A key requirement for the Essential Life policy is to commit to comply with AllLife’s Essential Life Diabetic Control and Control Monitoring Policy.
AllLife’s definition of diabetic control is included with our application form (document ESXALSTF05). You need to accept this definition, and commit to maintaining diabetic control in terms of this definition.
ESSENTIAL LIFE DIABETIC CONTROL POLICY
Diabetic control is the conformance to a prescribed diabetes mellitus treatment regime designed to maintain blood glucose and HbA1C levels at a safe and healthy level. The life insured must commit to following a recognised and accepted diabetes mellitus treatment regime, designed to achieve control of blood glucose levels, and to achieving well-controlled HbA1C levels.
The life insured must commit to taking a Glycosylated Haemoglobin (HbA1C) blood test at least once every 9 months, and to provide a copy of these results to us. Should the life insured register an HbA1C of more than 8.5% in any test, they will receive a diabetic control warning, and we would strongly recommend that they discuss how to achieve better control with their medical practitioner.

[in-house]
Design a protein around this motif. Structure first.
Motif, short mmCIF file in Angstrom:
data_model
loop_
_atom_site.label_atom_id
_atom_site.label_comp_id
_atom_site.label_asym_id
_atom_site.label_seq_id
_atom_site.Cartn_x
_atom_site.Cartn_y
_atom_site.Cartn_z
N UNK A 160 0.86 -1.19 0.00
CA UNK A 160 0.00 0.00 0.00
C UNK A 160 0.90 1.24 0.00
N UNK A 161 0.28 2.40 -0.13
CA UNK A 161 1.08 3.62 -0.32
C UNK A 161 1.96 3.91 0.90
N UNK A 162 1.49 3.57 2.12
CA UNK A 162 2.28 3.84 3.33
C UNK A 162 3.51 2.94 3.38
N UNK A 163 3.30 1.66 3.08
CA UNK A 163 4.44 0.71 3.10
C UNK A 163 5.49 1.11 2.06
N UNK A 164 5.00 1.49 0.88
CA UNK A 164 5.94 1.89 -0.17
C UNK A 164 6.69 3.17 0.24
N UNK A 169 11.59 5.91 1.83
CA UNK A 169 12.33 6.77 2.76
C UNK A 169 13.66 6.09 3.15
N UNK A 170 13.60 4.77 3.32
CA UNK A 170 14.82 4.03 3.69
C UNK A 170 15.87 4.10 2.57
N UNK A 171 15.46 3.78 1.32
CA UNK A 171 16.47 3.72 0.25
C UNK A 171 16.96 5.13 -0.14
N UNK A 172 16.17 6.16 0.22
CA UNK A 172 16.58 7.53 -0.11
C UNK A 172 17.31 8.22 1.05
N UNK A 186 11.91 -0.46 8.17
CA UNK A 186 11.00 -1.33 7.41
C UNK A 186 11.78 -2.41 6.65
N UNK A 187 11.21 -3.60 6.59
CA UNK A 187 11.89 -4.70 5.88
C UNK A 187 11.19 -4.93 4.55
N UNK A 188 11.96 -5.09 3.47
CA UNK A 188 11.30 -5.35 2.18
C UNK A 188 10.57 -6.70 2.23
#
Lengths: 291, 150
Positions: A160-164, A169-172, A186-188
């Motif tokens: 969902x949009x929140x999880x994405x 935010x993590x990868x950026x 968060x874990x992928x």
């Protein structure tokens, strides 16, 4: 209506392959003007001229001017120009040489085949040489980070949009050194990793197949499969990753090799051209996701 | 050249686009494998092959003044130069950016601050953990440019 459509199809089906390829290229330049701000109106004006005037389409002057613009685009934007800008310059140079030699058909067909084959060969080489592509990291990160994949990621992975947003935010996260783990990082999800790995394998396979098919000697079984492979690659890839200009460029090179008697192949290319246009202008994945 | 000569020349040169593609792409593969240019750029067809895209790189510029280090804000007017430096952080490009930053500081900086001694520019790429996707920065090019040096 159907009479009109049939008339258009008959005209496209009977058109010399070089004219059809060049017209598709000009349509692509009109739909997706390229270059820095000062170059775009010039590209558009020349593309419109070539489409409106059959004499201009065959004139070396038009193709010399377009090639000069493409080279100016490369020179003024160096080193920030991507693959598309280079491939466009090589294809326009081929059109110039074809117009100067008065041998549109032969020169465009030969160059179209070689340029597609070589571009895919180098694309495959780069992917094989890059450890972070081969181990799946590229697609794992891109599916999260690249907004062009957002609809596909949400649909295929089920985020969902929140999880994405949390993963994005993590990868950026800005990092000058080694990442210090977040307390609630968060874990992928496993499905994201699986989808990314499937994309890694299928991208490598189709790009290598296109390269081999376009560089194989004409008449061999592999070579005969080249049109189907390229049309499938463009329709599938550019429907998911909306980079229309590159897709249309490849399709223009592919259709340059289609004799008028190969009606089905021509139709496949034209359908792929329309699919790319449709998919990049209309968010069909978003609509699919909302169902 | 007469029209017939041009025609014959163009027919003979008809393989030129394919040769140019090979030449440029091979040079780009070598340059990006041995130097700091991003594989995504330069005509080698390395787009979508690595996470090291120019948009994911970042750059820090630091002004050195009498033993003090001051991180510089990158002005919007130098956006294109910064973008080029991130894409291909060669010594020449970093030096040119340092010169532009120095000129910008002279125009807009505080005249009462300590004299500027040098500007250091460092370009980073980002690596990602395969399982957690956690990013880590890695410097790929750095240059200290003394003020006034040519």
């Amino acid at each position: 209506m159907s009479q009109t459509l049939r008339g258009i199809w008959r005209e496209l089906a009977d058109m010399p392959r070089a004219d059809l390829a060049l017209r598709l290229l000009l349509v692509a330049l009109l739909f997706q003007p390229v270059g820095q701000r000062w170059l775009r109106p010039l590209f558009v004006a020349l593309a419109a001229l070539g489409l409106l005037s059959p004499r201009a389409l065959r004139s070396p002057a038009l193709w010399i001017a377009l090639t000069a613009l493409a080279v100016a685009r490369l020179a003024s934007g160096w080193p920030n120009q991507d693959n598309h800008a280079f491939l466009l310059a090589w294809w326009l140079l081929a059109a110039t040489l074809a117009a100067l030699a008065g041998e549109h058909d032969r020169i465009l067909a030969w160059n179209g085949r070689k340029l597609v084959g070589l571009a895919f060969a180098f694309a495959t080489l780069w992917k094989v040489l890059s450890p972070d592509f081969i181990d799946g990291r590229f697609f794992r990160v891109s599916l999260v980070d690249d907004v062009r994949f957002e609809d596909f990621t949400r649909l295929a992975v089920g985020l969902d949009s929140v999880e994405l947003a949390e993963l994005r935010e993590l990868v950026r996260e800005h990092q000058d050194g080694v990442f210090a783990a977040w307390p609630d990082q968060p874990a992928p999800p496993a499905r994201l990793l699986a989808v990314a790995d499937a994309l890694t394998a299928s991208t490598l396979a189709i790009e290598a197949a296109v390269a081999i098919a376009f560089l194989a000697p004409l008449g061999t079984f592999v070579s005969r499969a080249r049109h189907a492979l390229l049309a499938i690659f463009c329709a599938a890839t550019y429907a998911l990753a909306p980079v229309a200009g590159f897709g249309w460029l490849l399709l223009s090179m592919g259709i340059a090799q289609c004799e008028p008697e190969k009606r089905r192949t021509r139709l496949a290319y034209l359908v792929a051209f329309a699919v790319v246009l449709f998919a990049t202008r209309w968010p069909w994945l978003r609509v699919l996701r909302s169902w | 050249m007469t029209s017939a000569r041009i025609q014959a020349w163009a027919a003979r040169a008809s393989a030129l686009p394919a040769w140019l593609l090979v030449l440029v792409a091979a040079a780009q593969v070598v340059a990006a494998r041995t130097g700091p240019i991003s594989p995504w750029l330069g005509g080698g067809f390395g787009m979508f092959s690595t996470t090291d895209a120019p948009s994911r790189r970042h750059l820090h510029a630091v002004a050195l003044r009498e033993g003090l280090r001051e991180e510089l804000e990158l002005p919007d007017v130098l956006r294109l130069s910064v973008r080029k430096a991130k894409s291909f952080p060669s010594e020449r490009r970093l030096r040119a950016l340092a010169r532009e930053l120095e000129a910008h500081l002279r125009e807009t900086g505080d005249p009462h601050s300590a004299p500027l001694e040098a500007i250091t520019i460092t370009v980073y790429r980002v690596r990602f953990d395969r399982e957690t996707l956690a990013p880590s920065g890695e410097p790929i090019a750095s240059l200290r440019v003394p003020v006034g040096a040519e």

Where an individual registers two consecutive scheduled blood tests showing an HbA1C level of greater than 8.5%, the client will be considered to be permanently uncontrolled, and benefits will be reduced to cover claims arising as a result of accidents only.
In addition, if no blood test is conducted within thirty days of the stipulated date (every 9 months), then the Life Insured is deemed to be uncontrolled until they provide AllLife with appropriate test results. Where appropriate test results are provided within 6 months of the stipulated test date the Life Insured will be considered to be controlled, the testing interval will however remain that of the original and will not be based off of the new test date. Where this deemed uncontrolled period exceeds 6 months, the Life Insured is deemed to be irreversibly and permanently uncontrolled.
AllLife's diabetic control protocol has been reviewed by the Centre for Diabetes and Endocrinology, and is likely to be in line with most treating healthcare providers' guidelines. All HbA1C tests must be done at SANAS or LOA approved laboratories.